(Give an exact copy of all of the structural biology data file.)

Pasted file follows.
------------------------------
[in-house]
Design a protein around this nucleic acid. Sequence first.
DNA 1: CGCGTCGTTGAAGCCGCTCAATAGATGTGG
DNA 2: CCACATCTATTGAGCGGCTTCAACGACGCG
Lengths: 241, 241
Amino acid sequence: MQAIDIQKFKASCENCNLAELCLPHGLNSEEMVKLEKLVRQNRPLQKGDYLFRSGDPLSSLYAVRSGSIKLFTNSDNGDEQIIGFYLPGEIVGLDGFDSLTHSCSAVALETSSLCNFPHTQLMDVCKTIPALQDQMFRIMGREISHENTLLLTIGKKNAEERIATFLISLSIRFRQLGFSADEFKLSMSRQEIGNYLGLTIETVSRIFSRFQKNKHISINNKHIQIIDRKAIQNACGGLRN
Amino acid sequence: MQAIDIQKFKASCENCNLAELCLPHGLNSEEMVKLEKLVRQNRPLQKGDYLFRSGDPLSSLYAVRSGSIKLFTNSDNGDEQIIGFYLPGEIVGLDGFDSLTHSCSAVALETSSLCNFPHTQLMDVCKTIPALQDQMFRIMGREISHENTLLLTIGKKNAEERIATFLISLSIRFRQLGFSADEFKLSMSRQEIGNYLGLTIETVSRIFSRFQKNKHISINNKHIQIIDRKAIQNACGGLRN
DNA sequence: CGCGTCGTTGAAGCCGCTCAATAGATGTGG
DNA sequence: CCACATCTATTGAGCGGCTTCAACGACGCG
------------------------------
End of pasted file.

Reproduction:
[in-house]
Design a protein around this nucleic acid. Sequence first.
DNA 1: CGCGTCGTTGAAGCCGCTCAATAGATGTGG
DNA 2: CCACATCTATTGAGCGGCTTCAACGACGCG
Lengths: 241, 241
Amino acid sequence: MQAIDIQKFKASCENCNLAELCLPHGLNSEEMVKLEKLVRQNRPLQKGDYLFRSGDPLSSLYAVRSGSIKLFTNSDNGDEQIIGFYLPGEIVGLDGFDSLTHSCSAVALETSSLCNFPHTQLMDVCKTIPALQDQMFRIMGREISHENTLLLTIGKKNAEERIATFLISLSIRFRQLGFSADEFKLSMSRQEIGNYLGLTIETVSRIFSRFQKNKHISINNKHIQIIDRKAIQNACGGLRN
Amino acid sequence: MQAIDIQKFKASCENCNLAELCLPHGLNSEEMVKLEKLVRQNRPLQKGDYLFRSGDPLSSLYAVRSGSIKLFTNSDNGDEQIIGFYLPGEIVGLDGFDSLTHSCSAVALETSSLCNFPHTQLMDVCKTIPALQDQMFRIMGREISHENTLLLTIGKKNAEERIATFLISLSIRFRQLGFSADEFKLSMSRQEIGNYLGLTIETVSRIFSRFQKNKHISINNKHIQIIDRKAIQNACGGLRN
DNA sequence: CGCGTCGTTGAAGCCGCTCAATAGATGTGG
DNA sequence: CCACATCTATTGAGCGGCTTCAACGACGCG